I have a way of looking at things .. my sixth sense guides me to building and modifying a system that is as accurate as I can get it. There are engineers who disagree, and that's fine. For the most part I think their work does a poor job of reproducing a musical performance, but I'm sure from their own perspective they think it does a good job.
To each his own.
Here is my thing
- My Premise #1: music creates experiences and feelings in listeners. If these are pleasant feelings, the listener wants to come back for more.
- My Premise #2: a recording is an attempt to spread musical experiences and feelings to more people at later dates and times
- (Note. Premise #2 does not require that all people experience music the same way or that the reproduction feels exactly the same as the original. Premise 2 basically rules out classes of other possibilities, like "recording exists to help people enjoy watching an oscilloscope", "recording exists to frighten people", "recording exists in order to push some distortion numbers toward zero". None of that is why recording exists. )
- My Premise #3: there is always distortion in the playback chain. From microphone to speaker, every device along the way adds at least a small bit of distortion. What's more, the playback is not creating the true wavefront heard at the microphone position, so the imaging in your 2-channel home setup is always going to be "faked" to an extent.
Okay, so we have distortion. Here are some examples.
- The violins are too bright.
- The violas are muffled.
- The bass is flabby.
These are descriptions of a human perception. But these happen to correlate fairly directly to simple objective measurements.
the violins are bright: might be caused by a tilted-up frequency response
the violas are muffled: maybe a dip in the f.r. around 3-4 KHz?
the bass is flabby: poor damping factor in the amplifier
Okay, that's great, but these are relatively simple "trees"-- but what of the forest, the Gestalt? Here's one possible gestalt factor:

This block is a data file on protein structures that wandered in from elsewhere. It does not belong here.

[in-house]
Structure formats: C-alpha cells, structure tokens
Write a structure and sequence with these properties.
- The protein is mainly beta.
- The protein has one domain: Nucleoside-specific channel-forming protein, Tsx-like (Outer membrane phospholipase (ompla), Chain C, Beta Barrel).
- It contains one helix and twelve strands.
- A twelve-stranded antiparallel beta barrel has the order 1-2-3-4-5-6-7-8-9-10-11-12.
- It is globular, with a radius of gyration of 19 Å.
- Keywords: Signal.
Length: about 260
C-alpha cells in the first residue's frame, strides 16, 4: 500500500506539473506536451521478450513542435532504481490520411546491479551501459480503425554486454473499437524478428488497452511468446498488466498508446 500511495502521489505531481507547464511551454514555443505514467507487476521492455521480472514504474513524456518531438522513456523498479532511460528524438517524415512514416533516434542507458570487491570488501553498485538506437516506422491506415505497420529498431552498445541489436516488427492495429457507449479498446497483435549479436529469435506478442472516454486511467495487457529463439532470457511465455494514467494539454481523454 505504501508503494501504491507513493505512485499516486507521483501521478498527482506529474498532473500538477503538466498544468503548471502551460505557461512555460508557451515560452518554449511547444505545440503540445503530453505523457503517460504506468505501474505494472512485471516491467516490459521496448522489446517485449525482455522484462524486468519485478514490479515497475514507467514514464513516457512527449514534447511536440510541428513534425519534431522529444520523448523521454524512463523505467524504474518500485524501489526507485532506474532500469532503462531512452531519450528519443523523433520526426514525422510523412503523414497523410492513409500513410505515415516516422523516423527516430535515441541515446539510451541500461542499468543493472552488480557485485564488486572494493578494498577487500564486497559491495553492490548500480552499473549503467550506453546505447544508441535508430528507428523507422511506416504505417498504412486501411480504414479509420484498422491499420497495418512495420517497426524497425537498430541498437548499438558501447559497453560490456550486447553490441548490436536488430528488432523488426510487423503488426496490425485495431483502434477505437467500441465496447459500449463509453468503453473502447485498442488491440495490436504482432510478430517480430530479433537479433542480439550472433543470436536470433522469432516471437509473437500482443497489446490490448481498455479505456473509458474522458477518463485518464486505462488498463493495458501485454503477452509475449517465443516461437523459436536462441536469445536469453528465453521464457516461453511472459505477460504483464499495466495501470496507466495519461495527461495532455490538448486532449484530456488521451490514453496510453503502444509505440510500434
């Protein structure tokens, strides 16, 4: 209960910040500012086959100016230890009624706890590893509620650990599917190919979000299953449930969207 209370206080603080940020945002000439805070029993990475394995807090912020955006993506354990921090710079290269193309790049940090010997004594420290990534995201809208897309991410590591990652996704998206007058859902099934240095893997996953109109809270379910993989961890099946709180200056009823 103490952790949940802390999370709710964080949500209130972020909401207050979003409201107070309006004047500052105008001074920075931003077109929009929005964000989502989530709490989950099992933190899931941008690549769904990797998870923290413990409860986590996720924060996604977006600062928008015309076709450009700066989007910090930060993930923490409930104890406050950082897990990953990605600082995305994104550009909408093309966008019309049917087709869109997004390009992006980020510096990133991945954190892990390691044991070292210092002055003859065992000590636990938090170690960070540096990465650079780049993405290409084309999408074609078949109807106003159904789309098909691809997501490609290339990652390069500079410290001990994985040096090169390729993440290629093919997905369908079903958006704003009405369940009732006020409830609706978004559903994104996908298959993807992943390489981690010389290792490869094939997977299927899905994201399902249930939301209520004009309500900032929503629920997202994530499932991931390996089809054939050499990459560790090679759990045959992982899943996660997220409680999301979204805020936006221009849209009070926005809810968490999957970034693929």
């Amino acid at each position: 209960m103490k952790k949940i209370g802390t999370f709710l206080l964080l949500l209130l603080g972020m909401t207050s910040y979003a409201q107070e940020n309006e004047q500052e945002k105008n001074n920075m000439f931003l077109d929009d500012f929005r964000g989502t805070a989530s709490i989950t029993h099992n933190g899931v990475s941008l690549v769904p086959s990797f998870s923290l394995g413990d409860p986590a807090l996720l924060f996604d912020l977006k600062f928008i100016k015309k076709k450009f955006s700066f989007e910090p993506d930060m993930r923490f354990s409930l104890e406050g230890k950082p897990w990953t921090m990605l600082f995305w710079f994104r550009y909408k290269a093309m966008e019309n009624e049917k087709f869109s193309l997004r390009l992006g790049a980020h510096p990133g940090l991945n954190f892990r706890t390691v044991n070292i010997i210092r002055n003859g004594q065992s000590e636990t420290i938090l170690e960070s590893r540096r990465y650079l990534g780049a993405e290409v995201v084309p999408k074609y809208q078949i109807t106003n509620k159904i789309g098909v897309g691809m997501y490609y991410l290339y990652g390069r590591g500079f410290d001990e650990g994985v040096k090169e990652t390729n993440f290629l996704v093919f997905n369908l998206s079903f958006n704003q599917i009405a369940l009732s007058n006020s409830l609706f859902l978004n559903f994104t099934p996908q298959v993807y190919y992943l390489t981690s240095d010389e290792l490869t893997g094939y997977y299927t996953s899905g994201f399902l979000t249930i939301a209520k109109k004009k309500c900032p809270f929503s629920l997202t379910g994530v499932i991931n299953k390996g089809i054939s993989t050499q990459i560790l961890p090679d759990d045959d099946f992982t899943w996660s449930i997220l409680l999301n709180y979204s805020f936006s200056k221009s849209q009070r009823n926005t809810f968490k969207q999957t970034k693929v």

British reviewers use the term Pace, Rhythm and Timing (PRAT). They observed that most music has a rhythmic quality to it -- it's not simply the beats repeating over and over.
The beats could
- Feel very insistent, demanding. Or be sneaky.
- Create a driving forward feel, or a laying back feel.
- Come at minutely different times and thereby make powerful musical/emotional expression. (the Time dimension of music conveys much intense feeling)
Furthermore, the quality could change throughout a piece. How well-differentiated are the different sections? Do they sound clearly different?
The PRAT accuracy of a system can't be reduced to one cause/effect. It emerges from many features.
The interesting thing is that when a playback system gets the PRAT wrong (relative to the original performance), it changes the perceived performance. It's not like a muffled viola, in which the listener can tell it's a muffled viola and still do their best to pay attention to the player's performance. But when a system changes PRAT it is changing the performance. A person may not be able to tell--- does the bass guitar sound lazy and late because the player was bad, or because the system messed up his playing?
So in my book it is critical to look at distortions first and foremost as distortions in performance, and only secondly as some individual "trees" (specific measurements).